Saturday, July 16, 2005 The Kwajalein Hourglass 11All AFN programming is subject to change due to DS3 availability. TimeChannel 9 AFN Prime Channel 13 AFN Sports Channel 14 AFN News Channel 17 Roller Channel 20 AFN Spectrum Channel 23 AFN Movies Channel 26 AFN Family Channel 35 AFN Direct to Sailors12a.m.Access HollywoodESPY Awards SpecialAmerican MorningRollerThe X-FilesMovie: (Continued) Rocket PowerE.R.12:30 a.m..AmericaÂ’s Black ForumESPY Awards Movie: <:45> Animal Face Off 1a.m.Passions Girlfreinds Hard Target Paci c Report1:30 a.m.. The King of Queens AmericaÂ’s Funniest Tonight Show2a.m.Third Watch FOX News LiveThe Contender Home Videos with Jay Leno2:30 a.m.. SportsCenter Coming Attractions EverwoodThe Late Show3a.m.Law & Order C.S.I.: NY Movie: w/ David Letterman3:30 a.m.. Tour de France Spider-Man Joan of ArcadiaThe Late Late Show4a.m.The Simpsons Stage 15 Will & Grace with Craig Ferguson 4:30 a.m..Raymond That 70Â’s Show Fresh PrinceBig Idea with5a.m.The West Wing Dateline NBCBreathing Space Yoga Movie: <:10> Sesame StreetDonny Deutsch5:30 a.m.. ESPY Awards Caribbean Workout Austin Power: Countdown with Keith Olbermann6a.m.Today Body Shaping Goldmember Mr. Rogers 6:30 a.m.. Tipical Mary Ellen CliffordAccess Hollywood 7a.m. Studio B withThe ViewTrue HollywoodOut of the BoxHeadline News7:30 a.m..1st & 10 Shepard Smith StoriesRolie Polie OlieEntertainment Studios8a.m.Wheel of FortuneNFL Live Your World withEmeril LiveHollywood Stories Jo JoÂ’s Circus ESPNews8:30 a.m..Dr. Phil <8:26>The Hot List Neil Cavuto E.T.StanleyHeadline News9a.m.Oprah Winfrey Around The Horn Coast to Coast 30 Minute MealsMovie: Lazy Town Good Morning9:30 a.m.. <9:20> PTI PaulaÂ’s Home Cooking Another Woman House of MouseAmerica 10 a.m..Guiding LightSportsCenterHeadline NewsDesignerÂ’s Challange Jimmy Neutron 10:30 a.m..<10:20> NBC Nightly NewsCrafterÂ’s Coast to CoastMovie: <:48> Jackie Chan 11a.m.General Hospital Baseball TonightABC World News The Soup Vertical Limit Scooby DooNHRA Powerade11:30 a.m..<11:10> CBS Evening News King of Queens New Scooby DooSeries 12p.m.Bulletin Board MLBThe Newshour Bernie Mac Fresh Prince 12:30 p.m..Judge Judy NY Yankees with Jim LehrerGirlfriends Growing Pains American Le Mans1p.m.Today at Hannity & Colmes CharmedMovie:Funniest AnimalsSeries 1:30 p.m..Texas Rangers Bad Girls Little Bill 2p.m. Fox Report with Ed Dora The Explorer 2:30 p.m..Shepard Smith Movie: <:47> Angelina ESPNews3p.m.Pepper AnnMLBLou Dobbs Tonight Passions The Amityville The Brady BunchABC World News3:30 p.m..Fairly Oddparents Oakland Athletics Horror ThatÂ’s So RavenESPNews4p.m.Mucha Lucha at Anaheim Larry King Live Third Watch Movie:CBS Evening News4:30 p.m..Kim Possible (JIP) The Country Bears NBC Nightly News5p.m.JeopardyNFL Total AccessNewsnight Law & OrderAcess Hollywood Ed5:30 p.m..Access Hollywood with Aaron Brown S.V.U.WeekendLiberty Kids6p.m.Window on the AtollSportsCenterBET Nightly News The Simpsons E.T. WeekendSpongebobStar Trek6:30 p.m.. Navy M/Corps News Tavis SmileyRaymond Rocket Power 7p.m.60 MinutesUSA SoftballHardballCharmedMovie:Lizzie McGuireThird Watch 7:30 p.m.. World Cup with Chris Matthews Bourne IdentityThe Brothers Garcia8p.m.Las Vegas Championship OÂ’Reilly Factor Battlestar Galactia Smallville Jeopardy8:30 p.m.. Headline News9p.m.E.R.SportsCenterNightline The NewMovie: <:13>Boy Meets WorldESPNews9:30 p.m.. Business ReportDetectives Lackawanna Blues Boy Meets WorldPaci c Report10 p.m..Paci c ReportBaseball TonightFox & FriendsWill & Grace Fresh Prince 7th Heaven10:30 p.m..Tonight Show That 70Â’s Show My Wife and Kids Movie:11p.m.W/ Jay LenoTour de France American MorningThat 70Â’s ShowMovie: 7th Heaven Twelve Mile Road11:30 p.m..The Late Show Recap Show 2Blind Date Die Hard II Tuesday, July 19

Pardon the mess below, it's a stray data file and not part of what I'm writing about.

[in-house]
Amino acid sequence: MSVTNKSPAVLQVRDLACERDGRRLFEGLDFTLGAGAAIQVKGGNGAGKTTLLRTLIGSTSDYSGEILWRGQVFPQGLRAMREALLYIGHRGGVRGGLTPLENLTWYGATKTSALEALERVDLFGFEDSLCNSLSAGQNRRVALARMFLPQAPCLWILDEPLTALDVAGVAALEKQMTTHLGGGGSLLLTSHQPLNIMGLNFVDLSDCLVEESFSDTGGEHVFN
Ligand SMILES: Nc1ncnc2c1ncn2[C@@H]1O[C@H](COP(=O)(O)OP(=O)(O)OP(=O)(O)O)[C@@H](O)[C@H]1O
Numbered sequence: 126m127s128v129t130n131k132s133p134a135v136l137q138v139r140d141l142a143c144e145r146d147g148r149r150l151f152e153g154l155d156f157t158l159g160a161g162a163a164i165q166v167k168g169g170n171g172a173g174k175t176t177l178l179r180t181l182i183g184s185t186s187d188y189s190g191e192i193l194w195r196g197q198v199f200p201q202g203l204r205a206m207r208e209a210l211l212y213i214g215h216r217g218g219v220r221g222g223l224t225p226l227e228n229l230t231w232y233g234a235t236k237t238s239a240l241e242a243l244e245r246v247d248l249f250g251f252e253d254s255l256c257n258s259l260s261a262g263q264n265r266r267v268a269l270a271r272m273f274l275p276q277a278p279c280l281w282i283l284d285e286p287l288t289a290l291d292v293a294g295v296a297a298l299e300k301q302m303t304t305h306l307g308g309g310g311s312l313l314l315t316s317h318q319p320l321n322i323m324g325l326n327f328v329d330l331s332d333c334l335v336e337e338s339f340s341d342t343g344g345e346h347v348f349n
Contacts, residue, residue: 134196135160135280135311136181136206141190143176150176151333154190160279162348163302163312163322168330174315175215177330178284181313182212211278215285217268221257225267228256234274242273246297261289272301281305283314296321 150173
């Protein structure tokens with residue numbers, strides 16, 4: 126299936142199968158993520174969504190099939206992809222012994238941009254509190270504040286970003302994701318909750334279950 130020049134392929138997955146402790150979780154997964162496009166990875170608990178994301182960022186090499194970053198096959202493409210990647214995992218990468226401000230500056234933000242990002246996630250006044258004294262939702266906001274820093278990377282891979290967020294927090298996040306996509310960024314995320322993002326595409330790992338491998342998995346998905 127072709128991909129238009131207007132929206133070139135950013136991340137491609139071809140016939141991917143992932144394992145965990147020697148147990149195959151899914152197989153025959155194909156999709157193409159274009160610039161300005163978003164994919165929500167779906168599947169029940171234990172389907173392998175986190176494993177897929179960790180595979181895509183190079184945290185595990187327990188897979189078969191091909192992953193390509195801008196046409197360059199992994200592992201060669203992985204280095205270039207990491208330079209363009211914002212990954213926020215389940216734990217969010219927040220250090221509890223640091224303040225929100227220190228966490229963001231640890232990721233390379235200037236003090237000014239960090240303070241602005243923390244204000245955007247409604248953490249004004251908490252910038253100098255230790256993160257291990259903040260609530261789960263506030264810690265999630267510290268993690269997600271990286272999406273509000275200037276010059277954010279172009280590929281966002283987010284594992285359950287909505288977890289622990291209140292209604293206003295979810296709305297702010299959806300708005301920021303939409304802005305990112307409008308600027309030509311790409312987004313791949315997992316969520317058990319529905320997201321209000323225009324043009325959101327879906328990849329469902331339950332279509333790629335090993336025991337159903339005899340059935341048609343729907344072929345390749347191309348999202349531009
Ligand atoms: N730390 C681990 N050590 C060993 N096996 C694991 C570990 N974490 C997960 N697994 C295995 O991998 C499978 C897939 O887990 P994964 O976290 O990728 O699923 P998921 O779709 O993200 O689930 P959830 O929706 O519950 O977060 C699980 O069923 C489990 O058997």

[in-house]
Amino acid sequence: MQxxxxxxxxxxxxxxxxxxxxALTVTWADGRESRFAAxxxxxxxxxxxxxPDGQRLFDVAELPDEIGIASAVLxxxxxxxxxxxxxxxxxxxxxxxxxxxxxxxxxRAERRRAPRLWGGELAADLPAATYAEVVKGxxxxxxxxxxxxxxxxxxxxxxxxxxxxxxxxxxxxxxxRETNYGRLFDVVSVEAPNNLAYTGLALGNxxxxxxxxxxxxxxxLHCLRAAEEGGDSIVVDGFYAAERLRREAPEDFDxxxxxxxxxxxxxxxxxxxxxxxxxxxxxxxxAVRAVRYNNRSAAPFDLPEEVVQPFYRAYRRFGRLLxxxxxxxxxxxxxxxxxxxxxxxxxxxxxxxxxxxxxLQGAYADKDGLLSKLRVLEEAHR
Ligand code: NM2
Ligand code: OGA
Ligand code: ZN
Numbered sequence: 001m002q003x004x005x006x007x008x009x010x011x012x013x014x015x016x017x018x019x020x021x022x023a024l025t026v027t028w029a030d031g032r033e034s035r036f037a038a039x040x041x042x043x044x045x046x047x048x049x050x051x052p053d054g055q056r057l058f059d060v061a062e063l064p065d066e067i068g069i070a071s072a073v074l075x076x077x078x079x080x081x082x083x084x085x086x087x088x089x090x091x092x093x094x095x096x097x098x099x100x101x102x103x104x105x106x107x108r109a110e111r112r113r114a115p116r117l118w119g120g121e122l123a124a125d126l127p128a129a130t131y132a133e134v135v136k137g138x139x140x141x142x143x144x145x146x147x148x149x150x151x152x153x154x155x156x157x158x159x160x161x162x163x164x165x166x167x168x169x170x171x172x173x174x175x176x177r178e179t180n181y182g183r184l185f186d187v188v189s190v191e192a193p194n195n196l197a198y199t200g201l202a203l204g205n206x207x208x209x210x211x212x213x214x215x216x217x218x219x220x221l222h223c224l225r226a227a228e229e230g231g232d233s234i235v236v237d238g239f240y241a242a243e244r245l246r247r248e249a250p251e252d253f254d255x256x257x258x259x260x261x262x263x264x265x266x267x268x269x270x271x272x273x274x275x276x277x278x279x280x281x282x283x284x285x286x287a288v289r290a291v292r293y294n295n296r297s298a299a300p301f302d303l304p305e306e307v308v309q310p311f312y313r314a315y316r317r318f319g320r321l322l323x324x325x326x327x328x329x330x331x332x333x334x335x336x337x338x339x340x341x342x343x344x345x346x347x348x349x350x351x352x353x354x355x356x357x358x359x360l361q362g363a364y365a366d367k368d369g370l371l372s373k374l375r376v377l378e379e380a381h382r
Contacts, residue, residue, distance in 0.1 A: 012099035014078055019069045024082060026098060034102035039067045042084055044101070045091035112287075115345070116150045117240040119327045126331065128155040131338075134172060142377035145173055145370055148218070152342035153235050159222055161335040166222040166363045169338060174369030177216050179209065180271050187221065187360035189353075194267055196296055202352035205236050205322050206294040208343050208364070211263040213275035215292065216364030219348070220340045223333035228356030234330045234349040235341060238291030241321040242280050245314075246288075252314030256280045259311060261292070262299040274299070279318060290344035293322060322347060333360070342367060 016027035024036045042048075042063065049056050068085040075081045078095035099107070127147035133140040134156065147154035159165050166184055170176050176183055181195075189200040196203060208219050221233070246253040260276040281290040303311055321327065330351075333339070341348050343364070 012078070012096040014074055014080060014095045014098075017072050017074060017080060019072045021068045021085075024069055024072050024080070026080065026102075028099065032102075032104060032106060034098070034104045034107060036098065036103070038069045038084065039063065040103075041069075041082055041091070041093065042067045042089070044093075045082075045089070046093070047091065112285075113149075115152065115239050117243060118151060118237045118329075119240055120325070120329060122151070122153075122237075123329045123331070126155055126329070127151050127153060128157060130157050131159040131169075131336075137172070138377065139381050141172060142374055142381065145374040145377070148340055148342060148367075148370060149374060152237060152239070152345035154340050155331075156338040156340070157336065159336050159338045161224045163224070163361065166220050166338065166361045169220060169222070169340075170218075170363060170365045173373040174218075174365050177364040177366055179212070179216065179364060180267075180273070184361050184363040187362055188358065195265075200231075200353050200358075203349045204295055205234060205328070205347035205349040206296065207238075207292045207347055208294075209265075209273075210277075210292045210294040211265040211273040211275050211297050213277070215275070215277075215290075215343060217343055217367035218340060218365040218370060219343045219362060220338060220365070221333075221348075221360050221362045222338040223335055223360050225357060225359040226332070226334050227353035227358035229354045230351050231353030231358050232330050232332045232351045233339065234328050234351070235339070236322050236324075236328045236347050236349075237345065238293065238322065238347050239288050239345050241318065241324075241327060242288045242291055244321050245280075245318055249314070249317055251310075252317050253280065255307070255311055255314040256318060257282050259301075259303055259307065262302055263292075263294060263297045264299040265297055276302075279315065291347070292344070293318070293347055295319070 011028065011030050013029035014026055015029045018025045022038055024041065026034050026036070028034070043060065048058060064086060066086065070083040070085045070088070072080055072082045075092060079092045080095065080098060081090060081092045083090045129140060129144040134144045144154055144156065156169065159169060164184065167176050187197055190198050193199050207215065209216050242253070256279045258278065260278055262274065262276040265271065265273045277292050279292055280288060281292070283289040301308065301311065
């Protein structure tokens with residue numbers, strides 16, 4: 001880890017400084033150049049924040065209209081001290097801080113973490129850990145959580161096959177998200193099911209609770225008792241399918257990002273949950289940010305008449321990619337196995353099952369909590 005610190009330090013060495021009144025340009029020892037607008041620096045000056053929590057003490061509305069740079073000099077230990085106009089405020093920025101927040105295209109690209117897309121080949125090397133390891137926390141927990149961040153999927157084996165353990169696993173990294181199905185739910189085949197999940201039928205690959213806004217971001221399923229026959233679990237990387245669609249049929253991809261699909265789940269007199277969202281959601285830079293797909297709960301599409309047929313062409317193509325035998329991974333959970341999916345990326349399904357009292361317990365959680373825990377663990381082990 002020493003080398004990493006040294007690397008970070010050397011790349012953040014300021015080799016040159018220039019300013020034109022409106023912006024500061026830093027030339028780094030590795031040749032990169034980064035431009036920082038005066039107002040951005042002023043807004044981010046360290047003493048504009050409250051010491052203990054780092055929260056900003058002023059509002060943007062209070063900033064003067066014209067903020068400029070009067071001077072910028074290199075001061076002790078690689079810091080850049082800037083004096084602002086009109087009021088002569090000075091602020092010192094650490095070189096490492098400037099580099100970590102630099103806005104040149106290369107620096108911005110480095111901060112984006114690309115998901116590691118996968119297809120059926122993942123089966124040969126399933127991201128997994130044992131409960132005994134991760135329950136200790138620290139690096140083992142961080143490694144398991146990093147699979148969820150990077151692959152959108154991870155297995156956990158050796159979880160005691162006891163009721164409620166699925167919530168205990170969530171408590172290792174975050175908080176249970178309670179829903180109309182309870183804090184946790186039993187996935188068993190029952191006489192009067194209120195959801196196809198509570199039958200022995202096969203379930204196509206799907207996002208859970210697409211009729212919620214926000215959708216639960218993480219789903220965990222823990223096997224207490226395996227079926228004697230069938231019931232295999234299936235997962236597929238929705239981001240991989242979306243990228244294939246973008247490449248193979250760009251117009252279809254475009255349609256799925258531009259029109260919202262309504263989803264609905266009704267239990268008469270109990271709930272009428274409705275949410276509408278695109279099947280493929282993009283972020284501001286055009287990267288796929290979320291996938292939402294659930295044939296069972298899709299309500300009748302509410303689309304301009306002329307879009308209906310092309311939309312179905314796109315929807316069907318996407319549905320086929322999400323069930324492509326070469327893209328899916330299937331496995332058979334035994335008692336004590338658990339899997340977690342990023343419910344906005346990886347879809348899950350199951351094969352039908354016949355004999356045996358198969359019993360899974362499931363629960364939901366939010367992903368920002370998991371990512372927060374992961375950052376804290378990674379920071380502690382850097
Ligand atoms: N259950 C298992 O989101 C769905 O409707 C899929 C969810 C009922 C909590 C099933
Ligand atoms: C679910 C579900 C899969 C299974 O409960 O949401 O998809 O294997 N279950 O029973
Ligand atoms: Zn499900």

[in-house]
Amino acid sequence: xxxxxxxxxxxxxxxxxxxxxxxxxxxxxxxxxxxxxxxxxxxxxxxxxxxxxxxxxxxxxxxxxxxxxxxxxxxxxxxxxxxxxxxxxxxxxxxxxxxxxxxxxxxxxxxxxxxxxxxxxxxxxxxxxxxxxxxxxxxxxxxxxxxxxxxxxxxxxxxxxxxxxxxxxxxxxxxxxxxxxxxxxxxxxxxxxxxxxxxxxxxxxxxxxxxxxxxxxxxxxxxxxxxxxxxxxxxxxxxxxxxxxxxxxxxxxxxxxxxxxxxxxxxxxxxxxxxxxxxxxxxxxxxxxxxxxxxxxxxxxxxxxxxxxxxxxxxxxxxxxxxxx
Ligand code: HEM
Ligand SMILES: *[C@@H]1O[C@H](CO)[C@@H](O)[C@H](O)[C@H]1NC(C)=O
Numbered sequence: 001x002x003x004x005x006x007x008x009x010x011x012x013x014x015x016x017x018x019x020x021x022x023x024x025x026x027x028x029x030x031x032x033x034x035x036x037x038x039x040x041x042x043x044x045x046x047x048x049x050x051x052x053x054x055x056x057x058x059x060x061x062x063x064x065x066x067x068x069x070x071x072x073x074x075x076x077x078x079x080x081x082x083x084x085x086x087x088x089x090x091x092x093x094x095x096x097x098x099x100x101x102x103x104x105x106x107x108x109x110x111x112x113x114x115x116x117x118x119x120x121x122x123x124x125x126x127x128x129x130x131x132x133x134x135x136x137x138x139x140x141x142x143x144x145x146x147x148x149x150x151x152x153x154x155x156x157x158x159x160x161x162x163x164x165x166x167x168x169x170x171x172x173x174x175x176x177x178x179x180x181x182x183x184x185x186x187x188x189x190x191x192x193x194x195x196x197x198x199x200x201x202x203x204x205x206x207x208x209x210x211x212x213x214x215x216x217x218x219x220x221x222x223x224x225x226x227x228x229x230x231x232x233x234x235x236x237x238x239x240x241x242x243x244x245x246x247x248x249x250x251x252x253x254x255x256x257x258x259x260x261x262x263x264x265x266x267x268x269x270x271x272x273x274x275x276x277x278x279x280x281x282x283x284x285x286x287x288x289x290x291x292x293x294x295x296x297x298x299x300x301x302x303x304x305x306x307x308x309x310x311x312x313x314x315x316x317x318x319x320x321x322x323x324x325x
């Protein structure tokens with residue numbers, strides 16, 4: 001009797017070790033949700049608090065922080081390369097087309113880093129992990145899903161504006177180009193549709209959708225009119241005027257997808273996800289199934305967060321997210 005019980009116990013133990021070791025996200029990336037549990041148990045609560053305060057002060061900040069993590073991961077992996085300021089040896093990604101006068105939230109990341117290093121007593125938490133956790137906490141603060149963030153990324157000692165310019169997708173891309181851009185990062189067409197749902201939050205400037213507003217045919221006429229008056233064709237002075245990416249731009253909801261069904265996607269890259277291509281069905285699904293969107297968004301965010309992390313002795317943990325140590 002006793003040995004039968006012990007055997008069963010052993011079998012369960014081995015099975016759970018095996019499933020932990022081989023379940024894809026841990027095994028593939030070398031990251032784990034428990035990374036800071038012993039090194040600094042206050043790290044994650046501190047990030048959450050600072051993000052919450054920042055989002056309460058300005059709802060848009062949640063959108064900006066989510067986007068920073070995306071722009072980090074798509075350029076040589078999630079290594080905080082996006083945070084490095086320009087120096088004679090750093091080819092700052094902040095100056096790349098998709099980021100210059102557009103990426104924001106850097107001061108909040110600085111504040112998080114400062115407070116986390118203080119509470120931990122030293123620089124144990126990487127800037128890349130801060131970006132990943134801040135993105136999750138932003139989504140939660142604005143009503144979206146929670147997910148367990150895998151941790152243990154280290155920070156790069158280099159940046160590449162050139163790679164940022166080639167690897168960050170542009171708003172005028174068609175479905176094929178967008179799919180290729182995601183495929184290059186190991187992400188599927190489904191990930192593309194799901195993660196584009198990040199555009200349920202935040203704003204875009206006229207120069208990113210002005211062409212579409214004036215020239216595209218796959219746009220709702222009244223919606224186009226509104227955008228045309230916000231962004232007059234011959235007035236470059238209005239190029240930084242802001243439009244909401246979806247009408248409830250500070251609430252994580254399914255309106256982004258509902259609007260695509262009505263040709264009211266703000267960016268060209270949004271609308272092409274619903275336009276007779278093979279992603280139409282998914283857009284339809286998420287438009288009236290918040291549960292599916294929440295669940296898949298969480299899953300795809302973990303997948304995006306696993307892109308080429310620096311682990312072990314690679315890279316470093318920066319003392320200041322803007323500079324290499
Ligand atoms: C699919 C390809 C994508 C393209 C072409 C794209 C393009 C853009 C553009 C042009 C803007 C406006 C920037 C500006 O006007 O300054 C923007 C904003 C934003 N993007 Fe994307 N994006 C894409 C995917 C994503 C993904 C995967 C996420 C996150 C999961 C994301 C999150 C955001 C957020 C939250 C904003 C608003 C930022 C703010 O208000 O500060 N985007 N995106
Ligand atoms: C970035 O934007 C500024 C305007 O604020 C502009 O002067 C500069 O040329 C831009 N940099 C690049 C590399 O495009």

Saturday, July 16, 2005 The Kwajalein Hourglass 12 All programming is subject to change TimeChannel 9 AFN Prime Channel 13 AFN Sports Channel 14 AFN News Channel 17 Roller Channel 20 AFN Spectrum Channel 23 AFN Movies Channel 26 AFN Family Channel 35 AFN Direct to Sailors12:00AMThe Late Show Tour de FranceAmerican MorningRollerLate Night withMovie: (Continued) Liberty KidsMovie: (Continued)12:30AMThe Late Late Show Recap Show 2 Conan OÂ’Brien Die Hard II SpongebobThe Simpsons <:35>1:00AMwith Craig Ferguson SportsCenter CharmedMovie: <:11> Rocket PowerPaci c Report 1:30AMBig Idea with HanginÂ’ with the Lizzie McGuireTonight Show2:00AMDonnie Deutsch NFL YearbookFOX News Live Battlestar Galactia Homeboys The Brothers Garciaw/ Jay Leno2:30AMCountdown with Keith Olbermann Smallville The Late Show3:00AM SportsCenterThe New Movie: w/ David Letterman3:30AMAccess Hollywood Detectives Bourne Identity Boy Meets WorldThe Late Late Show4:00AMHeadline News Baseball Tonight Will & Grace Boy Meets World4:30AMEntertainment StudiosESPNews <:40> That 70Â’s ShowSesame StreetBig Idea5:00AMESPNews NFL YearbookDayside withBreating Space YogaMovie: <:13>w/ Donnie Deutsch5:30AMHeadline News2005 Great Outdoor Linda Vester Caribbean Workout Lackawanna Blues Countdown With Keith Olbermann6:00AMTodayGamesFOX News Live Body Shaping Mr. Rogers6:30AM Tipical Mary Ellen CliffordAccess Hollywood7:00AM Studio B withThe ViewTrue Hollywood StoriesOut of the BoxHeadline News7:30AM 1st and 10Shepard SmithHollywood BackstoriesRolie Polie OlieEntertainment Studios8:00AMWheel of FortuneNFL LiveYour World withEmeril Live E.T. Weekend Jo JoÂ’s Circus ESPNews8:30AMDr. Phil <8:26>The Hot List Neil Cavuto StanleyHeadline News 9:00AMOprah Winfrey Around the Horn Coast to Coast30 Minute MealsMovie: Lazy TownGood Morning9:30AM <9:20> PTISweet Dreams Dying To Dance House of MouseAmerica 10:00AMGuiding Light SportsCenter Headline NewsBest For Less Jimmy Neutron 10:30AM<10:20> NBC Nightly NewsStrippedMovie: <42> Jackie Chan 11:00AMGeneral Hospital NASCAR NationABC World News E! News Live Pleasantville Scooby Doo Champ Car World11:30AM<11:10> WinkelmanÂ’s FishingCBS Evening News King of Queens New Scooby Doo Series12:00PMBulletin Board WNBAThe Newshour Bernie Mac Fresh Prince12:30PMJudge Judy Sacramento with Jim Lehrer Girlfriends Growing Pains 1:00PMTodayatHannity & Colmes CharmedMovie: Funniest Animals 1:30PMHouston Someone To Watch Little Bill ESPNews 2:00PM Tuesday NightFox Report with Ed Over Me Dora The ExplorerNFL Live2:30PMFights Shepard Smith Angelina ESPNews3:00PMDisneyÂ’s Doug Peterson vs Lou Dobbs Tonight PassionsThe Brady BunchABC World News3:30PMAnimaniacs Torresillas Movie: <:46> ThatÂ’s So RavenESPNews4:00PMAs Told By Ginger Baseball TonightLarry King Live Third Watch A Midsummer Movie: The Garbage CBS Evening News4:30PMTeen Kids News NightÂ’s DreamPicking Field Goal NBC Nightly News5:00PMJeopardyNFL Total AccessNewsNight with Law & Order The Entertainers Phenomenon Ed5:30PMAccess HollywoodSportsCenter Aaron BrownS.V.U. Liberty Kids6:00PMBulletin Board BET Nightly News The SimpsonsBehind The ScenesSpongebobStar Trek6:30PMPaci c Report NASCAR NationTavis SmileyRaymondE.T.Rocket Power 7:00PM7th HeavenTour de FranceHardballThe West WingMovie: As Told By GingerThird Watch7:30PM Stage 16 with Chris Matthews Summer Catch The Amanda Show 8:00PM Movie: OÂ’Reilly Factor C.S.I. Miami EverwoodJeopardy8:30PMTwelve Mile Road Movie: <:59> Headline News9:00PM NightlineWWE Raw! DisneyÂ’s The Kid Sister, SisterESPNews9:30PM The Simpsons <:35> Business Report Sister, SisterNavy/Marine Corps10:00PMPaci c Report SportsCenter FOX and Friends Fresh PrinceEve10:30PMTonight ShowFirst My Wife and KidsThe Simple Life11:00PMW/ Jay LenoToyota Atlantic SeriesAmerican MorningThe Daily ShowMovie:7th HeavenExtreme Makeover11:30PMThe Late Show Toronto Blind Date Bachelor Party Home EditionWednesday, July 20